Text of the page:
Another thing I’m trying to do more of is give everyone their little quirks, often displayed in dialogue scenes. Sorek especially has a few certain things he says numerous times, and he laughs or snickers when he is uncomfortable or in pain (which is usually an inappropriate time to laugh). Someone pointed out that Mas has more of a dry sense of humor, while Sorek is snarky, so I’m playing up on both of those. Mas is also, on the whole, more refined and polite than Sorek in how he speaks. Rab is always on the defensive and often speaks with a biting undertone. Because of abuse, Ari has learned never to give non-verbal responses to direct questions. She also stutters, especially when nervous or afraid.

Another thing I do is figure out how characters feel toward other characters and believe others feel toward them. Mas (rightly) believes that Rab hates him, so he is instinctively colder toward her because he is steeling himself for her rejection and rage. Yet everything in his personality softens when it comes to Ari, for he views her as innocent and sweet. Not only is this visible in scenes between him and Ari, but other characters notice it too, and each of them have different ideas about what it means. Rab is more sarcastic toward Sorek than she is with anyone else. Sorek flirts with Rab alllllll the time, mostly subconsciously. Rab and Ari are sweet toward each other, but when it comes to their mom, Rab is fierce, and Ari is defeated. I also utilize “love languages,” which are different ways that people give and like to receive love. (Physical touch, quality time, words of affirmation, acts of service, giving gifts.)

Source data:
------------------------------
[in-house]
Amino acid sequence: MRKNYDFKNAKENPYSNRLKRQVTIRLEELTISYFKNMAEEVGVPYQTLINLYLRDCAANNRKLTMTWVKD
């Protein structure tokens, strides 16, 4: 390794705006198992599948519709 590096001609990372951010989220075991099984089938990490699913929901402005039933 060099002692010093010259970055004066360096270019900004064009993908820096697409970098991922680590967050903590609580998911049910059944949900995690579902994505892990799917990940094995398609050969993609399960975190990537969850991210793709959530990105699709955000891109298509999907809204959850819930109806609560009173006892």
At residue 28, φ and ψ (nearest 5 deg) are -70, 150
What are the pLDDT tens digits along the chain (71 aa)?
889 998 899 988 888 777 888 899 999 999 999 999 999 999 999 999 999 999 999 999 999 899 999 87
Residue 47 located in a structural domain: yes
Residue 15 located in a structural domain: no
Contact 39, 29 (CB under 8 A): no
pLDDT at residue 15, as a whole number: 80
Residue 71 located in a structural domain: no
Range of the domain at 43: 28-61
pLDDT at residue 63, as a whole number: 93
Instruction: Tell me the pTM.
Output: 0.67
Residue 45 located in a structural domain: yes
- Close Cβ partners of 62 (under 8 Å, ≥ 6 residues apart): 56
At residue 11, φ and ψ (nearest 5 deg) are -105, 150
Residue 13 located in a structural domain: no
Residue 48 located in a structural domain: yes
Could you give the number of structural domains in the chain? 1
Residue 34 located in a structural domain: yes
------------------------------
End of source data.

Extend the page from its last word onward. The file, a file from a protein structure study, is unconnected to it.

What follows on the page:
There are millions of ways to develop a character and add depth. These are just a few of my common avenues. I hope this has proven interesting, and I hope it helps you with your own character development. =)

Tuesday, January 13, 2015

Character Creation -- Part One

I’m going to do something slightly different today!

This will be part one of a two-part series (series?) about characters! Today is “C” for character creation. Tomorrow, I’ll get more into the development aspect.

Characters, in my opinion, drive a story. You can have an incredible plot, a wonderful writing style, and perfect grammar…but if I can’t care about the characters, then it doesn’t matter. I won’t be emotionally invested, so I won’t care enough to read your otherwise awesome story. Everyone has different things they like/are drawn to in a character. For me, I love depth. Complex, interesting, realistic characters draw me in. I hate when “bad guys” are stupid. Hate it. They have no motivation, they aren’t a threat…they are just bad because there needs to be a bad guy. I love a story that shows me how the “good guys” aren’t perfect, and how the “bad guys” aren’t bad in their own eyes.